January 26, 2011

Many thanks to commenter Mike for taking up the challenge I offered in my last post. The flaw I was referring to was, indeed, the possibility that Luwak would split one of my records across two blocks.

I can check to see if Luwak has split any records with another simple map function:

“`text
(riak@127.0.0.1)2> Fun = fun(L,O,_) ->
(riak@127.0.0.1)2> D = luwak_block:data(L),
(riak@127.0.0.1)2> S = re:run(D, “^([^r]*)”,
(riak@127.0.0.1)2> [{capture, all_but_first, binary}]),
(riak@127.0.0.1)2> P = re:run(D, “n([^r]*)$”,
(riak@127.0.0.1)2> [{capture, all_but_first, binary}]),
(riak@127.0.0.1)2> [{O, S, P}]
(riak@127.0.0.1)2> end.
“`

This one will return a 3-element tuple consisting of the block offset, anything before the first carriage return, and anything after the last linefeed. Running that function via map/reduce on my data, I see that it’s not only possible for Luwak to split a record across a block boundary, it’s also extremely likely:

“`text
(riak@127.0.0.1)3> {ok, R} = C:mapred({modfun, luwak_mr, file, <<“1950s”>>},
(riak@127.0.0.1)3> [{map, {qfun, Fun}, none, true}]).

(riak@127.0.0.1)4> lists:keysort(1, R).
[{0,
{match,[<<“BAL,A,Baltimore,Orioles”>>]},
{match,[<<“play,4,0,pignj101″>>]}},
{1000000,
{match,[<<“,00,,NP”>>]},
{match,[<<“play,3,1,math”>>]}},
{2000000,
{match,[<<“e101,??,,S7/G”>>]},
{match,[<<“play,7,1,kue”>>]}},
{3000000,
{match,[<<“nh101,??,,4/L”>>]},
{match,[<<“start,walll101,”Lee Walls”,1,7,”>>]}},
…snip…
“`

There are play records at the ends of the first, second, and third blocks (as well as others that I cut off above). This means that Joe Pignatano, Eddie Mathews, and Harvey Kuenn are each missing a play in their batting average calculation, since my map function only gets to operate on the data in one block at a time.

Luckily, there are pretty well-known ways to fix this trouble. The rest of this post will describe two: chunk merging and fixed-length records.

Chunk Merging

If you’ve watched Guy Steel’s recent talk about parallel programming, or read through the example luwak_mr file luwak_mr_words.erl, you already know how chunk-merging works.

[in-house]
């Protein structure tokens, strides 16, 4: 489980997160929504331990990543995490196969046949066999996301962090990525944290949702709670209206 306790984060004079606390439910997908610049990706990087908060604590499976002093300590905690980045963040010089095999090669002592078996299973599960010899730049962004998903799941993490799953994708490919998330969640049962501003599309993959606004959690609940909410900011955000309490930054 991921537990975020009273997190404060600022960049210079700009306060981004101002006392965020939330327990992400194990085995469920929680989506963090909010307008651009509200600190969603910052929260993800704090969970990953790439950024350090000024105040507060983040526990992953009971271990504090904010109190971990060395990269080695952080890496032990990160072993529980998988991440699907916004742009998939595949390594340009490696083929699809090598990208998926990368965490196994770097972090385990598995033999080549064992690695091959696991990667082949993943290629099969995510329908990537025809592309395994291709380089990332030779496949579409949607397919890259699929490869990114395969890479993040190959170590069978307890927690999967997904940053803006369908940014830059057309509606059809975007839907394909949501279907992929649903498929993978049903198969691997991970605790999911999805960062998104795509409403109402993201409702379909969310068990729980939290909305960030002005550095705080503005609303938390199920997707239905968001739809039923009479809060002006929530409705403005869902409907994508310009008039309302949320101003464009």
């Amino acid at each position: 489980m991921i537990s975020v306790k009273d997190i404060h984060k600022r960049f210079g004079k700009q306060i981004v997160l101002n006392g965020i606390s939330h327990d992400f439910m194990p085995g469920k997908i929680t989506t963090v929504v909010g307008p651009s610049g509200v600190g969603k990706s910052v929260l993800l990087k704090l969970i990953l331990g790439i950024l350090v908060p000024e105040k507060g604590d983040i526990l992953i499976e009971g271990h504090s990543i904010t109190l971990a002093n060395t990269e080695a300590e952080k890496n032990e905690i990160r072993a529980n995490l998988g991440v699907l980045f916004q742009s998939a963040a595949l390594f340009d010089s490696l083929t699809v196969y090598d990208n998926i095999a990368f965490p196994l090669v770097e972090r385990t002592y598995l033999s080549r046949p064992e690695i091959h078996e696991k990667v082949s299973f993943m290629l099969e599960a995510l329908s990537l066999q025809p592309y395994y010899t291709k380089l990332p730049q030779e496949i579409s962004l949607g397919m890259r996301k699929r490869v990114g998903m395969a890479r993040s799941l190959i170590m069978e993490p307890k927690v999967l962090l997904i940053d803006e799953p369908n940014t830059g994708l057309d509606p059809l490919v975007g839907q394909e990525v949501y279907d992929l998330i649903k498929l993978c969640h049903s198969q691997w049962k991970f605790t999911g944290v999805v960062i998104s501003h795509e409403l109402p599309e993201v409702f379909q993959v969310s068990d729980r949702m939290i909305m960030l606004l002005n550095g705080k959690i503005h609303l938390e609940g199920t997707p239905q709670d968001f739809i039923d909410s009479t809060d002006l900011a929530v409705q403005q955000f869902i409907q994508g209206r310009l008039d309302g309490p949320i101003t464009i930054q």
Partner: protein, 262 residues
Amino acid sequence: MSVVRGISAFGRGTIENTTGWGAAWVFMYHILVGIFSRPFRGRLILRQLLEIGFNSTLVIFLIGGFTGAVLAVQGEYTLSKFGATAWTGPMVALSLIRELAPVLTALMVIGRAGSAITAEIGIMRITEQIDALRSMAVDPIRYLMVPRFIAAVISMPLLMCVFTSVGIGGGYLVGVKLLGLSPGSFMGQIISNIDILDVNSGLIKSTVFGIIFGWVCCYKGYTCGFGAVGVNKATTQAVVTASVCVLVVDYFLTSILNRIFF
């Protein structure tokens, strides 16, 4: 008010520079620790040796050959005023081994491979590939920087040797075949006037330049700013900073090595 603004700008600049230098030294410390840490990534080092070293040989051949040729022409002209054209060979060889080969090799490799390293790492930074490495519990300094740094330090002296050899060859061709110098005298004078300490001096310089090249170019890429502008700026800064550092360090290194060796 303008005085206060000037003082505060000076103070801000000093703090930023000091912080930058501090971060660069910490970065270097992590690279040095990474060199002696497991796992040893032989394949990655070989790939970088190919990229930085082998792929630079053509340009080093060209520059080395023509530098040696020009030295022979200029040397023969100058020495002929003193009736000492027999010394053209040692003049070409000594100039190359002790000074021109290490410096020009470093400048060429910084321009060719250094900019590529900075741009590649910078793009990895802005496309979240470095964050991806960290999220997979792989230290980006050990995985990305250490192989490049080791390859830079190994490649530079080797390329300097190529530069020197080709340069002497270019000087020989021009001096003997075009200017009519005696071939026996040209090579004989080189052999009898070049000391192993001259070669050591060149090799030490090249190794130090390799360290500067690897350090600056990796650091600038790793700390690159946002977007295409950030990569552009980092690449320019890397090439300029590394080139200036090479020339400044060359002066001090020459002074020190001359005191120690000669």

The basic idea behind chunk-merging is that a map function should return information about data that it didn’t know how to handle, as well as an answer for what it did know how to handle. A second processing step (a subsequent reduce function in this case) can then match up those bits of unhandled data from all of the different map evaluations, and get answers for them as well.

I’ve updated baseball.erl to do just this. The map function now uses regexes much like those earlier in this post to produce “suffix” and “prefix” results for unhandled data at the start and end of the block. The reduce function then combines these chunks and produces additional hit:at-bat results that can be summed with the normal map output.

For example, instead of the simple count tuple a map used to produce:

“`erlang
[{5, 50}]
“`

The function will now produce something like:

“`erlang
[{5, 50},
{suffix, 2000000, <<“e101,??,,S7/G”>>},
{prefix, 3000000, <<“play,7,1,kue”>>}]
“`

Fixed-length Records

Another way to deal with boundary-crossing records is to avoid them entirely. If every record is exactly the same length, then it’s possible to specify a block size that is an even multiple of the record length, such that record boundaries will align with block boundaries.

I’ve added baseball_flr.erl to the baseball project to demonstrate using fixed-length records. The two records needed from the “play” record for the batting average calculation are the player’s Retrosheet ID (the third field in the CSV format) and the play description (the sixth CSV field). The player ID is easy to handle: it’s already a fixed length of eight characters. The play description is, unfortunately, variable in length.